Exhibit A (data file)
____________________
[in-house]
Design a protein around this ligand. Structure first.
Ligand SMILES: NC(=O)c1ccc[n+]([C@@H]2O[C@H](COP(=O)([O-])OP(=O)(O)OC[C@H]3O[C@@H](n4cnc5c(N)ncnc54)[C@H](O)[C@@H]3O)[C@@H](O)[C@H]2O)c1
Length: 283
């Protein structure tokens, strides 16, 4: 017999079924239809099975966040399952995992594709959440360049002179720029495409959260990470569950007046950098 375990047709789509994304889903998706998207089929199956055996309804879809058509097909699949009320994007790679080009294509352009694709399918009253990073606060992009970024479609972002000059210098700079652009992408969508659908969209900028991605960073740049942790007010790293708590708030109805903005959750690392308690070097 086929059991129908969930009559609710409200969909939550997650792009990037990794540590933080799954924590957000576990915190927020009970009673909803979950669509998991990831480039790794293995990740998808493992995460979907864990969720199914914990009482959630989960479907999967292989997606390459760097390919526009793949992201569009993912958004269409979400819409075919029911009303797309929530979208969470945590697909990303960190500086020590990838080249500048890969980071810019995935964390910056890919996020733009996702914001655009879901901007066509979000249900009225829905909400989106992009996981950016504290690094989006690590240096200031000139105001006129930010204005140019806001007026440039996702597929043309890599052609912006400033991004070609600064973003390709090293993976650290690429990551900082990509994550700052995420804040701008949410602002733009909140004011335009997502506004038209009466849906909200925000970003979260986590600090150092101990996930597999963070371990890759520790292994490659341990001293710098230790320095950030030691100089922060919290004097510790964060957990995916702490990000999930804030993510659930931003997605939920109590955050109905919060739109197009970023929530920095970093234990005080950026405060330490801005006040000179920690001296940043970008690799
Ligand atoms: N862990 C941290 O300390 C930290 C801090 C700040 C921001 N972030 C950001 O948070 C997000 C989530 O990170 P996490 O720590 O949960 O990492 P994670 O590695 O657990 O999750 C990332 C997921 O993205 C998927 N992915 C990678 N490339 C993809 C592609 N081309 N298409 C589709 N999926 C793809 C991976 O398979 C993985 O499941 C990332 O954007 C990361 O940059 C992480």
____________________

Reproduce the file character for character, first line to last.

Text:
[in-house]
Design a protein around this ligand. Structure first.
Ligand SMILES: NC(=O)c1ccc[n+]([C@@H]2O[C@H](COP(=O)([O-])OP(=O)(O)OC[C@H]3O[C@@H](n4cnc5c(N)ncnc54)[C@H](O)[C@@H]3O)[C@@H](O)[C@H]2O)c1
Length: 283
């Protein structure tokens, strides 16, 4: 017999079924239809099975966040399952995992594709959440360049002179720029495409959260990470569950007046950098 375990047709789509994304889903998706998207089929199956055996309804879809058509097909699949009320994007790679080009294509352009694709399918009253990073606060992009970024479609972002000059210098700079652009992408969508659908969209900028991605960073740049942790007010790293708590708030109805903005959750690392308690070097 086929059991129908969930009559609710409200969909939550997650792009990037990794540590933080799954924590957000576990915190927020009970009673909803979950669509998991990831480039790794293995990740998808493992995460979907864990969720199914914990009482959630989960479907999967292989997606390459760097390919526009793949992201569009993912958004269409979400819409075919029911009303797309929530979208969470945590697909990303960190500086020590990838080249500048890969980071810019995935964390910056890919996020733009996702914001655009879901901007066509979000249900009225829905909400989106992009996981950016504290690094989006690590240096200031000139105001006129930010204005140019806001007026440039996702597929043309890599052609912006400033991004070609600064973003390709090293993976650290690429990551900082990509994550700052995420804040701008949410602002733009909140004011335009997502506004038209009466849906909200925000970003979260986590600090150092101990996930597999963070371990890759520790292994490659341990001293710098230790320095950030030691100089922060919290004097510790964060957990995916702490990000999930804030993510659930931003997605939920109590955050109905919060739109197009970023929530920095970093234990005080950026405060330490801005006040000179920690001296940043970008690799
Ligand atoms: N862990 C941290 O300390 C930290 C801090 C700040 C921001 N972030 C950001 O948070 C997000 C989530 O990170 P996490 O720590 O949960 O990492 P994670 O590695 O657990 O999750 C990332 C997921 O993205 C998927 N992915 C990678 N490339 C993809 C592609 N081309 N298409 C589709 N999926 C793809 C991976 O398979 C993985 O499941 C990332 O954007 C990361 O940059 C992480």